Veneer Scarf Jointing

Design adaptability

Plytec technology ensures a maximum yield from short and thin timber. Scarf jointing allows the veneer to be lengthened into sheets of the required size, so that the dimensions of the plywood panel no longer depend on the individual dimensions of each log used. Plytec’s scarf-jointing system is basically the only cost-effective way to make plywood out of small diameter logs.

Scarf jointing is a simple process, but when quality is essential, the production process must be stable and easy to control. Firstly, a unit peels the veneer sheets along the grain; secondly, glue is applied to the topmost bevel; and finally the sheets are pressed together. The Plytec system ensures that the scarf jointed veneer matches the strength of adjacent material. The Plytec Scarf Jointing System is based on thoroughly tested and proven technology that is highly adaptable and provides a large spectrum of solutions. By tailoring it to individual customers’ needs, Plytec ensures maximal productivity and scalability of the system to meet any future requirements. For example, the system can be set up so that more pressing units or automatic control systems can be added as production increases or as quality demands grow.

As strong as any veneer

In scarf jointing, both ends of the veneer sheet are bevelled by a scarfing saw, so that one is on the top surface and the other on the bottom. Jointing glue is then applied to the topmost bevel. Next, the bevelled and glued veneer edges are positioned one above the other and pressed together in the jointing press. This happens under a very precise pressure and temperature, so that the end result is an seamless veneer mat that runs in the same grain as the veneer. The veneer sheet is then clipped to the required length by the clipper in the pressing machine.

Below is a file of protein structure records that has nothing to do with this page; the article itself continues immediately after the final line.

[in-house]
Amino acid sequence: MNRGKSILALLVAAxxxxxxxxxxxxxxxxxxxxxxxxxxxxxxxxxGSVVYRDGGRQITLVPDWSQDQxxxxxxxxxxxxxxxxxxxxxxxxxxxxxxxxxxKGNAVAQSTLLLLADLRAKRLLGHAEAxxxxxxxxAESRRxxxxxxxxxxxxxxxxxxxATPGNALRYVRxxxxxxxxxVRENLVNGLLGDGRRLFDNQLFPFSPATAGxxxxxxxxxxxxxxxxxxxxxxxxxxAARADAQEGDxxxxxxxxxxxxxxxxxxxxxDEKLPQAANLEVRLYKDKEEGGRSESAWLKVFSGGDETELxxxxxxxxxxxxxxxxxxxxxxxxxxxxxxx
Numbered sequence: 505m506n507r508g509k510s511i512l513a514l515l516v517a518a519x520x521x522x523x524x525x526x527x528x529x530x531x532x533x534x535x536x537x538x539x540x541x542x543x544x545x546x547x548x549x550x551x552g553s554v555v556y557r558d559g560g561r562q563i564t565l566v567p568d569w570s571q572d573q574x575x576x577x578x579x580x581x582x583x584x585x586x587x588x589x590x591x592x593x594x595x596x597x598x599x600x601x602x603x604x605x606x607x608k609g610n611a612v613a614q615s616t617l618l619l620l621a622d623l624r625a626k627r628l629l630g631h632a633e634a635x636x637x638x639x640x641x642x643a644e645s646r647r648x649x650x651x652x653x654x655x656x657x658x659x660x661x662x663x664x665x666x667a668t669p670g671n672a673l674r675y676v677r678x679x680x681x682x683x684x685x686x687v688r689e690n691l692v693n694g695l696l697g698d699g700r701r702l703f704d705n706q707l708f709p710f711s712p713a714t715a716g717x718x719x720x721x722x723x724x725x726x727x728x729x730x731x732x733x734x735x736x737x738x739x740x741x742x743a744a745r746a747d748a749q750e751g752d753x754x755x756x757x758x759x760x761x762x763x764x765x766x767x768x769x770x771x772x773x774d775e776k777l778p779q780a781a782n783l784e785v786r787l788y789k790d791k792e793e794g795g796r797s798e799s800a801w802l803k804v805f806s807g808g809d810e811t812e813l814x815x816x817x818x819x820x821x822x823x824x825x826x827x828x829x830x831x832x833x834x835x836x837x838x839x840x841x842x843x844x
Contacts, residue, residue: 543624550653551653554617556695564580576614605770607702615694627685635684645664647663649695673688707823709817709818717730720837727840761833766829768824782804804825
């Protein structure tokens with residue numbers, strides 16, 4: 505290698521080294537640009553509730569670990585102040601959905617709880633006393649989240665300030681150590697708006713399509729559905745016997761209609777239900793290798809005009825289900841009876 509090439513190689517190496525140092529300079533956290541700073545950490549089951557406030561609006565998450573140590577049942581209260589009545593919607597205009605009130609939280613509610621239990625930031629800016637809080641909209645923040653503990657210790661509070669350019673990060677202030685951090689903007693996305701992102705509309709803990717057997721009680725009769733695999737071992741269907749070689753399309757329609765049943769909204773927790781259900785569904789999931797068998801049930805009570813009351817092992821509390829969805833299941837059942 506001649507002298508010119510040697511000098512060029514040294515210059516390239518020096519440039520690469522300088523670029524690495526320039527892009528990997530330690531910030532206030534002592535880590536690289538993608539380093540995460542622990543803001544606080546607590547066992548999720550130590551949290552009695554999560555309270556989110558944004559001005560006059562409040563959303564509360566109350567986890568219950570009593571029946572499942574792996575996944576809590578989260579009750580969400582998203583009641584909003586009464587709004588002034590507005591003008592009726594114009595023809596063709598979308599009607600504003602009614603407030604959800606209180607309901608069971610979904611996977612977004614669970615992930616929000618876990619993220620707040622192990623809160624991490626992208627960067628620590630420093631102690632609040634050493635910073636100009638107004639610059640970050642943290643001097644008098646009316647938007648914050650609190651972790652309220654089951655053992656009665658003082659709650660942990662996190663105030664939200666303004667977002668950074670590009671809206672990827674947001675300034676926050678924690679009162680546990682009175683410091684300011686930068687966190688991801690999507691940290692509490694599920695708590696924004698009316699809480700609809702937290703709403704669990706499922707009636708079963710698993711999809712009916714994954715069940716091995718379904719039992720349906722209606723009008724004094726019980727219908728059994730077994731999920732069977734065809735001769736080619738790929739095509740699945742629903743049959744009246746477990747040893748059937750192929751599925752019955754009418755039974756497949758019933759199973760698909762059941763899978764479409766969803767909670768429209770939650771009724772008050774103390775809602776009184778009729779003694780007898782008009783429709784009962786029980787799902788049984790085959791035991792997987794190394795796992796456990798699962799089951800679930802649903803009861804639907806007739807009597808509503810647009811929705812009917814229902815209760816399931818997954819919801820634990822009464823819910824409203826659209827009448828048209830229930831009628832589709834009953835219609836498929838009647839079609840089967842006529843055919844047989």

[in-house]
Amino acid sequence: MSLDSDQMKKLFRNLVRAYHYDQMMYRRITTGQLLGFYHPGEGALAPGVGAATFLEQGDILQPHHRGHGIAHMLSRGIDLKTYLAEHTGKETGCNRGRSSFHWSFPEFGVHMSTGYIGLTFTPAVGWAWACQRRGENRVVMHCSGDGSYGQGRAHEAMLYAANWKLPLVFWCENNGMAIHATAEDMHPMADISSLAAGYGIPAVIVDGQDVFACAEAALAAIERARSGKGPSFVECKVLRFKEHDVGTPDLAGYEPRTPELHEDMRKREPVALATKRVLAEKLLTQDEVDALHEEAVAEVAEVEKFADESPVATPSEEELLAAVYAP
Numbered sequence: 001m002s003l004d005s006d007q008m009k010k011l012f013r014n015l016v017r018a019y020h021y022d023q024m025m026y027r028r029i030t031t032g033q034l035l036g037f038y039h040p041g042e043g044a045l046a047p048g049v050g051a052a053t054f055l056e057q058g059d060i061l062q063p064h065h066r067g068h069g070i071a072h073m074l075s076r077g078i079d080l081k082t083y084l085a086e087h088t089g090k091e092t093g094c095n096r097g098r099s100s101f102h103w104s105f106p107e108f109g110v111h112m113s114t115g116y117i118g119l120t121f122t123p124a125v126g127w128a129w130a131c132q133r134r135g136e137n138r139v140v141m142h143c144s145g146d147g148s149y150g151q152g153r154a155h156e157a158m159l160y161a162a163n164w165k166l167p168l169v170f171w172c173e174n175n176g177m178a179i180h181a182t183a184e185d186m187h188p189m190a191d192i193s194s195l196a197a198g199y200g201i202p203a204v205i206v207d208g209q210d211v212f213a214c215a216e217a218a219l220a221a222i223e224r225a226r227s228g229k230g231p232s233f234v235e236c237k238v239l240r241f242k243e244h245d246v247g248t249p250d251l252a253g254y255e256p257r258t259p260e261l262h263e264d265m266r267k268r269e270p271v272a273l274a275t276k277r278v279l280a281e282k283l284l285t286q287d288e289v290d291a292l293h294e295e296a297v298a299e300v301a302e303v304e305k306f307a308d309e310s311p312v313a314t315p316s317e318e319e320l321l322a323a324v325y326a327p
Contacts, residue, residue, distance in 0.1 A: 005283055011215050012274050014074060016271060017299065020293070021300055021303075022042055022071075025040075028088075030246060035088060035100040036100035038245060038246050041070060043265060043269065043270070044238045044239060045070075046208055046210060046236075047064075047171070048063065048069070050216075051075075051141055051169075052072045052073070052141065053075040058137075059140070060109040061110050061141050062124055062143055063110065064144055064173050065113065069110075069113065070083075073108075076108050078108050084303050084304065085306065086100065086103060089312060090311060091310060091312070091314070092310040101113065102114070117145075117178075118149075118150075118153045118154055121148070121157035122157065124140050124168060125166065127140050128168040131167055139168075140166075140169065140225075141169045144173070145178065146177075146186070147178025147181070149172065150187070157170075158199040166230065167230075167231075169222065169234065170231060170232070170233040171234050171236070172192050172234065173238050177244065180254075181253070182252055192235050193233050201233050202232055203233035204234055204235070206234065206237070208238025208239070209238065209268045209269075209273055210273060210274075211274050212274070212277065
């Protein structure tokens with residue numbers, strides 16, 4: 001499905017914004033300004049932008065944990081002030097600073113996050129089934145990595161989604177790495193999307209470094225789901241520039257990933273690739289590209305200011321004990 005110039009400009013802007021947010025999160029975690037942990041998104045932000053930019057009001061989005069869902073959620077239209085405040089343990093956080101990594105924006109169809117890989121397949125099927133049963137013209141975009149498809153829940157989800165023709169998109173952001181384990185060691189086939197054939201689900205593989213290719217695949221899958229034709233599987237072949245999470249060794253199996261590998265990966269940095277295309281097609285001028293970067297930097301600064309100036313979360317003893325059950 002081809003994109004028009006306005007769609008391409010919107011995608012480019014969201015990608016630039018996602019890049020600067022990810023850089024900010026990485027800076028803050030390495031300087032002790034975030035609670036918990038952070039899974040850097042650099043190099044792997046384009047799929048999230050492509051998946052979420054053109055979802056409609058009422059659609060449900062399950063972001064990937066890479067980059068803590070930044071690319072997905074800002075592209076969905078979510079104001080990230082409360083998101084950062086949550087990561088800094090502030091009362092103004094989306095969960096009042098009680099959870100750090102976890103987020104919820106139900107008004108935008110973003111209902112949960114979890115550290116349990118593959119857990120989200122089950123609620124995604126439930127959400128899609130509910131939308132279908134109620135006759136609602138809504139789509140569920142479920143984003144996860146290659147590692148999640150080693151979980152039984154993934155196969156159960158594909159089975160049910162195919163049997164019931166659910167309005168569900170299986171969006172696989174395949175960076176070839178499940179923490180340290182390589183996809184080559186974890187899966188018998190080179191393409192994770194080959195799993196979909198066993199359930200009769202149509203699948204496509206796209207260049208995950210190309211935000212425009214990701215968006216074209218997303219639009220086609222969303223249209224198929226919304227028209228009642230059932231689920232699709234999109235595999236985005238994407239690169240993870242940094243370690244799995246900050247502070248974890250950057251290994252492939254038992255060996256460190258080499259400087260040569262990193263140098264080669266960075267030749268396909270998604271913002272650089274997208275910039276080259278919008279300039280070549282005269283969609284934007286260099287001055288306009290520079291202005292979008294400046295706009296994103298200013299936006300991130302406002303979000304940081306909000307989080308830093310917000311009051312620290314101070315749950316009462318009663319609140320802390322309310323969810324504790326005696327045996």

The width of the veneer sheet depends the width of the peeling (or drying) line at the point of the clipper. In cross-grain plywood, the scarf-jointed sheets are used as glue veneers. In long grain panels, they are used as both dry core veneers and face/back veneers. In the first case, scarf-jointed veneer can fulfill any criteria required; and in the second it works just as well as regular long grain veneer. In technical use as a face/back veneer, scarf jointed veneer is as good as any long grain veneer. This means that the scarf-jointed surface can be overlaid with a thin decorative skin that will give the required finish to a panel. One should also bear in mind that with many technical plywood panels there are no visual requirements for the face, which means that scarf-jointed surfaces would be perfectly suitable.

• Larger freedom in raw material purchases through higher adaptability to varying raw material dimensions

• Increased ability to respond to varying demands in plywood panel size

• Easier production management increases productivity

• Improved veneer recovery means more money with every scarf joint

• Top-quality products in spite of raw material timber size and shape

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Every scarf joint earns you money

Technical data

Scarfing saw

Max. length of veneer sheet

2700 mm

Min. length of veneer sheet

1100 mm

Veneer thickness range

1,2-3,5 mm

Speed max.

0,75 m/s


3200 kg

Jointing press

Max. width of veneer

1650 mm

Min. width of veneer

1100 mm

Pressure max. (surface pressure)

1,5 MPa

Pressure max.

1,5 MPa

Max pressing beam temp


Pressing time

3-8 seconds

Veneer Scarf Jointing

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